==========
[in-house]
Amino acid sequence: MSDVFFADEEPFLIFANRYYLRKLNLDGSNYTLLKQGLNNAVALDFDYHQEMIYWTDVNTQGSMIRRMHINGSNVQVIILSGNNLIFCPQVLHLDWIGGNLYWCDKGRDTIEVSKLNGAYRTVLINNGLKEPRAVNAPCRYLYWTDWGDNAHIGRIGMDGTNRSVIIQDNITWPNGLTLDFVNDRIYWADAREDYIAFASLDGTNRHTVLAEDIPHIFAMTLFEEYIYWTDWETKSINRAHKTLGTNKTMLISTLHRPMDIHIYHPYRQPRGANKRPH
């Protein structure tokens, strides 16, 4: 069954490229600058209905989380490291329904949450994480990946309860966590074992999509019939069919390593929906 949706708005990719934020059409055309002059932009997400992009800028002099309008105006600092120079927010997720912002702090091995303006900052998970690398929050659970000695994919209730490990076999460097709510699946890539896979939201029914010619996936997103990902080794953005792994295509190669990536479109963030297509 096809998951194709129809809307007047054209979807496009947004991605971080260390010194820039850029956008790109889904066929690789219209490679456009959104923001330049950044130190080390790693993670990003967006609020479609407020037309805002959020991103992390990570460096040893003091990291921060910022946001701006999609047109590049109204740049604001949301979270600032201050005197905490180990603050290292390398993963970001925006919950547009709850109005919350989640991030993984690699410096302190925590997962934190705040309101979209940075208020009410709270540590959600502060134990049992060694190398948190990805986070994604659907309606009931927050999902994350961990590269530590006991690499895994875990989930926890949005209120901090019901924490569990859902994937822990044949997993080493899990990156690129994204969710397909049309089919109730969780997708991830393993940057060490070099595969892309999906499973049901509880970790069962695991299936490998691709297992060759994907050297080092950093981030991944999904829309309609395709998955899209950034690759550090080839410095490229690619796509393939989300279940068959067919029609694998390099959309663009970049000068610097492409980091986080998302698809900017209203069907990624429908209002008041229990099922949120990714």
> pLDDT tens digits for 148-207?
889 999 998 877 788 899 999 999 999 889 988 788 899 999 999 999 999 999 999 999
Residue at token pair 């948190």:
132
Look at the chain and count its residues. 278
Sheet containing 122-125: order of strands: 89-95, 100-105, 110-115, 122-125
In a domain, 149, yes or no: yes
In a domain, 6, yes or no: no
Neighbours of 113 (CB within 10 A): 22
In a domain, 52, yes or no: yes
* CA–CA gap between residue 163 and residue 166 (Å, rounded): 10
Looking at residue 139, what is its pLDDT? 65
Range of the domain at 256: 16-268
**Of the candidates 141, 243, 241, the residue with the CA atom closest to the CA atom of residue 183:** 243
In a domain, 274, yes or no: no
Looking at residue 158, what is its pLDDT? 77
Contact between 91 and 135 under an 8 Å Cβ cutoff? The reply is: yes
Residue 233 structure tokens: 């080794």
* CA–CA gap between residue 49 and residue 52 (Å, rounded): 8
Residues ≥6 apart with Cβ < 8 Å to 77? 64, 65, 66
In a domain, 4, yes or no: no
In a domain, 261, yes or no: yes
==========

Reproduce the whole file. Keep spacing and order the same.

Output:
[in-house]
Amino acid sequence: MSDVFFADEEPFLIFANRYYLRKLNLDGSNYTLLKQGLNNAVALDFDYHQEMIYWTDVNTQGSMIRRMHINGSNVQVIILSGNNLIFCPQVLHLDWIGGNLYWCDKGRDTIEVSKLNGAYRTVLINNGLKEPRAVNAPCRYLYWTDWGDNAHIGRIGMDGTNRSVIIQDNITWPNGLTLDFVNDRIYWADAREDYIAFASLDGTNRHTVLAEDIPHIFAMTLFEEYIYWTDWETKSINRAHKTLGTNKTMLISTLHRPMDIHIYHPYRQPRGANKRPH
């Protein structure tokens, strides 16, 4: 069954490229600058209905989380490291329904949450994480990946309860966590074992999509019939069919390593929906 949706708005990719934020059409055309002059932009997400992009800028002099309008105006600092120079927010997720912002702090091995303006900052998970690398929050659970000695994919209730490990076999460097709510699946890539896979939201029914010619996936997103990902080794953005792994295509190669990536479109963030297509 096809998951194709129809809307007047054209979807496009947004991605971080260390010194820039850029956008790109889904066929690789219209490679456009959104923001330049950044130190080390790693993670990003967006609020479609407020037309805002959020991103992390990570460096040893003091990291921060910022946001701006999609047109590049109204740049604001949301979270600032201050005197905490180990603050290292390398993963970001925006919950547009709850109005919350989640991030993984690699410096302190925590997962934190705040309101979209940075208020009410709270540590959600502060134990049992060694190398948190990805986070994604659907309606009931927050999902994350961990590269530590006991690499895994875990989930926890949005209120901090019901924490569990859902994937822990044949997993080493899990990156690129994204969710397909049309089919109730969780997708991830393993940057060490070099595969892309999906499973049901509880970790069962695991299936490998691709297992060759994907050297080092950093981030991944999904829309309609395709998955899209950034690759550090080839410095490229690619796509393939989300279940068959067919029609694998390099959309663009970049000068610097492409980091986080998302698809900017209203069907990624429908209002008041229990099922949120990714």
> pLDDT tens digits for 148-207?
889 999 998 877 788 899 999 999 999 889 988 788 899 999 999 999 999 999 999 999
Residue at token pair 């948190």:
132
Look at the chain and count its residues. 278
Sheet containing 122-125: order of strands: 89-95, 100-105, 110-115, 122-125
In a domain, 149, yes or no: yes
In a domain, 6, yes or no: no
Neighbours of 113 (CB within 10 A): 22
In a domain, 52, yes or no: yes
* CA–CA gap between residue 163 and residue 166 (Å, rounded): 10
Looking at residue 139, what is its pLDDT? 65
Range of the domain at 256: 16-268
**Of the candidates 141, 243, 241, the residue with the CA atom closest to the CA atom of residue 183:** 243
In a domain, 274, yes or no: no
Looking at residue 158, what is its pLDDT? 77
Contact between 91 and 135 under an 8 Å Cβ cutoff? The reply is: yes
Residue 233 structure tokens: 């080794």
* CA–CA gap between residue 49 and residue 52 (Å, rounded): 8
Residues ≥6 apart with Cβ < 8 Å to 77? 64, 65, 66
In a domain, 4, yes or no: no
In a domain, 261, yes or no: yes